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blondeatlast Donating Member (1000+ posts) Send PM | Profile | Ignore Sun Oct-08-06 08:58 PM
Response to Reply #13
29. We TRY to maintain a ratio of 3 holds to 1 copy where I work.
Smaller libraries try to maintain at least 5:1.

We honestly have patrons who think there should be a 1:1 ratio and that's just completely unrealistic--and a very poor use of taxpayer money. IF we buy "enough" popular titles, other important, but not popular titles can't be bought.

As I say above, we LOVE donations!


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ProgressiveEconomist Donating Member (1000+ posts) Send PM | Profile | Ignore Sun Oct-08-06 06:33 PM
Response to Original message
14. Long excerpts from some of the books on your list may be at
http://www.thirdworldtraveler.com/Book_Excerpts/Books_b... . It's a website specifically devoted to putting up links to and excerpts from progressive political reading in books and magazines.

Two of the older books on your list--"1984" and "It Can't Happen Here" are available in full text from many different website. I've often found full texts of such books by googling "full text" + the title of the book.
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benny05 Donating Member (1000+ posts) Send PM | Profile | Ignore Sun Oct-08-06 06:45 PM
Response to Original message
15. How would you sustain it? How would you pay for it?
Even e-books requires troubleshooting to ensure downloads. What about licensing agreements/

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nealmhughes Donating Member (1000+ posts) Send PM | Profile | Ignore Sun Oct-08-06 07:23 PM
Response to Original message
17. Your local public library will have them or else ILL (interlibrary loan)
them from a larger to you. It is a free service, unless it is not held in the area in which your local is part of a consortium. The odds are that the local academic library has them and if you are an alumna or alumnus, the lending card rate is quite cheap or else you can usually get borrowing privledges at a nominal fee if not even an alum.

If the book is coming from outside the consortium area, then there might be a nominal postage fee of say, $5 for two-way postage. Your local librarian will bill you and then he or she will pay the bill that the owner sends to them for the ILL.

Of course, many public libraries use book buying services that try to keep a wide range of popular reading materials in stock, but they may only update a few times a year, as library budgets are tighter than imaginable. Making friends with whomever does collection development is a great idea! They actually halfway "guess" at what patrons want... after reading the reviews and other formulae and of course, the aforementioned buying companies.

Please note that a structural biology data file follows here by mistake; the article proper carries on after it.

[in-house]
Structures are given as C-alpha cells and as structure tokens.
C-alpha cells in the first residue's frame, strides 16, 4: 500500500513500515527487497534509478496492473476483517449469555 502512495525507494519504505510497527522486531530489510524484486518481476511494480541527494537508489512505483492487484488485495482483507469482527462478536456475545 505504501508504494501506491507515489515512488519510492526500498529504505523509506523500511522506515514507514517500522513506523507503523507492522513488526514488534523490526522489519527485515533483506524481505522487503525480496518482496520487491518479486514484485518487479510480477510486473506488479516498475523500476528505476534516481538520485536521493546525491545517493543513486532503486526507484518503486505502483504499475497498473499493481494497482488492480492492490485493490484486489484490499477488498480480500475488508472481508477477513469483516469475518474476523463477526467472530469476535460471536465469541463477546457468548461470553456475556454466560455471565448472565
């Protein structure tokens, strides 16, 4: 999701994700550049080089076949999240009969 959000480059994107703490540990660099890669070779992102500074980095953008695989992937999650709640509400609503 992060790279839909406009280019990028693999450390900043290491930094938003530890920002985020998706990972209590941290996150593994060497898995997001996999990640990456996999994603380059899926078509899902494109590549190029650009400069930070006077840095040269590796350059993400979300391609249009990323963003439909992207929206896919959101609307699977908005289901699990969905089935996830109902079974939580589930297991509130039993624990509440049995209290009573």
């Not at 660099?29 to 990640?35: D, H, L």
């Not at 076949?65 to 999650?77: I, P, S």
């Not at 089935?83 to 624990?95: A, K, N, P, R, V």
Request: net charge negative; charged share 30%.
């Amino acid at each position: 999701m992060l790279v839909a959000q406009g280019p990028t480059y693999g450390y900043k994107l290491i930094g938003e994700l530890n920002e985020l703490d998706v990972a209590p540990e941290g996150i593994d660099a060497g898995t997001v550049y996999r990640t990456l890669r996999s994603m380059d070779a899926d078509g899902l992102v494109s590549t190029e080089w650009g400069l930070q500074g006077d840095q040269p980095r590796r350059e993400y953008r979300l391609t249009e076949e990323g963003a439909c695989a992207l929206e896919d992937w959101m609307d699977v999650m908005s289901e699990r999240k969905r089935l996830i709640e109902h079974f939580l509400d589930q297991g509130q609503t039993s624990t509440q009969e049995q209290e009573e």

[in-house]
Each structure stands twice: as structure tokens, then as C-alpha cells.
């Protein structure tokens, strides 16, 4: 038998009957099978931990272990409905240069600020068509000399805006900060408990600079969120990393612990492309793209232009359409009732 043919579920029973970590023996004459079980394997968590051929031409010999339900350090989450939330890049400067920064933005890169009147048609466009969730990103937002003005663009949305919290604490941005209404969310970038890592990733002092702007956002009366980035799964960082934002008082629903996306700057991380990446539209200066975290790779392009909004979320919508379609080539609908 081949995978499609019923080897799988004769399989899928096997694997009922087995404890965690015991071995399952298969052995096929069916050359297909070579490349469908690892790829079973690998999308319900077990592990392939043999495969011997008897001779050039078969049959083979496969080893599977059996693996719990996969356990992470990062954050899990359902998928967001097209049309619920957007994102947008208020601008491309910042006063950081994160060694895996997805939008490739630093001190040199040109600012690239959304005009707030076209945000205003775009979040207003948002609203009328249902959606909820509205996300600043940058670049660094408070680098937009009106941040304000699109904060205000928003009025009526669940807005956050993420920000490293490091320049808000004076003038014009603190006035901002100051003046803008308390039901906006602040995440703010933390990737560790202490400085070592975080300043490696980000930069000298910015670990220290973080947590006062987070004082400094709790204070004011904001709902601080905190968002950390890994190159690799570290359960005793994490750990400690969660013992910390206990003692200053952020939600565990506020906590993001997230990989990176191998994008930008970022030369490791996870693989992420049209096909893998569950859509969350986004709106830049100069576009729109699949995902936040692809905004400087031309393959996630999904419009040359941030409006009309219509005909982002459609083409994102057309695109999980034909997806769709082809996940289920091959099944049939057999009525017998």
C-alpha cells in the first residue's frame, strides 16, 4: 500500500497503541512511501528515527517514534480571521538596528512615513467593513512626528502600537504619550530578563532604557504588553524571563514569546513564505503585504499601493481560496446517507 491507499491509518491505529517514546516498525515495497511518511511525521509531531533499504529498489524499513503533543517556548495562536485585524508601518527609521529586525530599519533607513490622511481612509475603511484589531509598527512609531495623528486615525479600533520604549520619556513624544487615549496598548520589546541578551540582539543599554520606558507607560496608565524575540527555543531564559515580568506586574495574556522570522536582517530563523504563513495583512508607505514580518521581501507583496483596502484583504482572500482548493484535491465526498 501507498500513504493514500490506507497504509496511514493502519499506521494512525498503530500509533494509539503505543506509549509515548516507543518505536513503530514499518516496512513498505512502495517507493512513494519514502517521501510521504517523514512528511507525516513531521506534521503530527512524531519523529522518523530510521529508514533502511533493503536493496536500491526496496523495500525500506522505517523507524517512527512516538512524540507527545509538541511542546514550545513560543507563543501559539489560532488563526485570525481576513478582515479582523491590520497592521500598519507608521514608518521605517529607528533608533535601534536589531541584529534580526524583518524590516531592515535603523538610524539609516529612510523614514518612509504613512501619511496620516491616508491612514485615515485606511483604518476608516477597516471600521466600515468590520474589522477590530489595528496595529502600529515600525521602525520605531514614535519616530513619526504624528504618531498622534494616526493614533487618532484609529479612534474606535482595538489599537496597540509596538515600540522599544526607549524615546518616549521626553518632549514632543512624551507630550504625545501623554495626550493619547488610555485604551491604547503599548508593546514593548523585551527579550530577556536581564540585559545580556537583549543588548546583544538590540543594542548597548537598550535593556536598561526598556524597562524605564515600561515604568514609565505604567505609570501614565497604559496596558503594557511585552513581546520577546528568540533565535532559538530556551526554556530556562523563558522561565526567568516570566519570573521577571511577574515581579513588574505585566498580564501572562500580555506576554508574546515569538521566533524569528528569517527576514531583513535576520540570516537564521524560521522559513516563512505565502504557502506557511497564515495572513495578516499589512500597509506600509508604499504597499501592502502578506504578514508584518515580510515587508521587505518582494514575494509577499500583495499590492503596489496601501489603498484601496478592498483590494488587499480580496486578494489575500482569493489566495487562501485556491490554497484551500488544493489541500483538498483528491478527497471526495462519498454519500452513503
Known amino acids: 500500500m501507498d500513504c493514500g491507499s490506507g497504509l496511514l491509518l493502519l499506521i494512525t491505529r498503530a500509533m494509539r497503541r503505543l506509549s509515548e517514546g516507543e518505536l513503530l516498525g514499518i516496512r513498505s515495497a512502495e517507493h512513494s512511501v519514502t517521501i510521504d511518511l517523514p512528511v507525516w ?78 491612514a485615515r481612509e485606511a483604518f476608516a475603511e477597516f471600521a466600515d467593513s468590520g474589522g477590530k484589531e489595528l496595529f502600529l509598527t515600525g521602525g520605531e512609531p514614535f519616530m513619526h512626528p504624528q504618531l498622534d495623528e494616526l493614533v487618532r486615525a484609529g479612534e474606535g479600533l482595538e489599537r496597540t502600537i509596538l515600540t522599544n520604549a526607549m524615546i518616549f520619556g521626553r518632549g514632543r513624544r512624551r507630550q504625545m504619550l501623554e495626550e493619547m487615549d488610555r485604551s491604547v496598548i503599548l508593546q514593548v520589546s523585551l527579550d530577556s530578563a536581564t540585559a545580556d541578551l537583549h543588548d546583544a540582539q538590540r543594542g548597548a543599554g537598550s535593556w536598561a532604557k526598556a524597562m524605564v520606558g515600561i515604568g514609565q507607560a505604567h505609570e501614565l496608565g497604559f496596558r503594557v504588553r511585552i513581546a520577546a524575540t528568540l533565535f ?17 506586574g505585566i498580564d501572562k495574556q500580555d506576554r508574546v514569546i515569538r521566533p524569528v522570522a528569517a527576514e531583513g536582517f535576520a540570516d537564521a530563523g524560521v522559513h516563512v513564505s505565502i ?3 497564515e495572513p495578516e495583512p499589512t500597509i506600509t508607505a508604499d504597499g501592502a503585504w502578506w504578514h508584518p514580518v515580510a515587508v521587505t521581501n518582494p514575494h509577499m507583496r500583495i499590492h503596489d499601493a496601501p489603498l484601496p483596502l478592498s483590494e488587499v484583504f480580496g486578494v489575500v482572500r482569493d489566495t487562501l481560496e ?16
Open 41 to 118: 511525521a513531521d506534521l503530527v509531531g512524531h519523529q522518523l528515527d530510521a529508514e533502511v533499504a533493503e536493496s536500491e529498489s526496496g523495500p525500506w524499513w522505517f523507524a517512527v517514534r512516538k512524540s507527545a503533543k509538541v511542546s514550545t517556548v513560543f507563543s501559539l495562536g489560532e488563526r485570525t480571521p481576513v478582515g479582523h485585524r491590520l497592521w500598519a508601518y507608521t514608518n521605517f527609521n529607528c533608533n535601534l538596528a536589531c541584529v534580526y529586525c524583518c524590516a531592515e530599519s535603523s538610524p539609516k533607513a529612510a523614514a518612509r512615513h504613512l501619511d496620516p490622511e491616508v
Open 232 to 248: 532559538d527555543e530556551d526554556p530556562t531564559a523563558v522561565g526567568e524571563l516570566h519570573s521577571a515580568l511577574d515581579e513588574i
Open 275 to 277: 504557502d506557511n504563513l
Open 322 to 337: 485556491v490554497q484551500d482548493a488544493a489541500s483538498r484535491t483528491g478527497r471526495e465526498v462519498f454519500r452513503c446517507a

Just remember, we librarians know everything except how to dress.

Neal M. Hughes, MLIS
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benny05 Donating Member (1000+ posts) Send PM | Profile | Ignore Sun Oct-08-06 08:07 PM
Response to Reply #17
21. Which state are you in Neal?
I live in Illinois.. :hi:
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nealmhughes Donating Member (1000+ posts) Send PM | Profile | Ignore Sun Oct-08-06 09:21 PM
Response to Reply #21
32. As far north in Alabama as one can be and not be in Tennessee!
The part of the state where we vote Democratic and wear shoes (normally).

In Florence, about 90 miles north of Nashville and 50 miles west of Huntsville, on the Tennessee River....
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davidinalameda Donating Member (1000+ posts) Send PM | Profile | Ignore Sun Oct-08-06 08:40 PM
Response to Original message
26. contact your library
and see about donating

you may be able to set up an endowment to buy books like this without too much money

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lonestarnot Donating Member (1000+ posts) Send PM | Profile | Ignore Sun Oct-08-06 08:42 PM
Response to Original message
27. Excellent freaking idea! Excellent!
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benny05 Donating Member (1000+ posts) Send PM | Profile | Ignore Sun Oct-08-06 10:20 PM
Response to Reply #27
34. It is
But how do you pay for it, when our gov't is 300B at least in the hole, and they don't want us to read these good books as it is.

Vote against the pols who don't care about our needs!!
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lonestarnot Donating Member (1000+ posts) Send PM | Profile | Ignore Sun Oct-08-06 10:50 PM
Response to Reply #34
35. Who are the pols?
:rofl:
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benny05 Donating Member (1000+ posts) Send PM | Profile | Ignore Mon Oct-09-06 10:40 PM
Response to Reply #35
40. Do you live in Texas? and where? n/t
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LWolf Donating Member (1000+ posts) Send PM | Profile | Ignore Mon Oct-09-06 07:39 AM
Response to Original message
37. We call that the public library.
Why shouldn't they be able to access them there?

If your local library doesn't have enough political material, donate some.
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sandnsea Donating Member (1000+ posts) Send PM | Profile | Ignore Mon Oct-09-06 10:50 PM
Response to Original message
41. I don't understand this thread
I happen to have a small library that can't afford all the latest titles. The directors are all liberal Democrats, so I know they do their best to bring in good Dem books, but there are a lot they miss. I also can't afford books all the time, the price of a book will fill up the gas tank.

So along comes somebody offering a great idea to recycle books, and it gets shot down. I just don't understand. If you don't want to participate, why can't you just shut the hell up and let others do what they want to do.

Thanks for trying.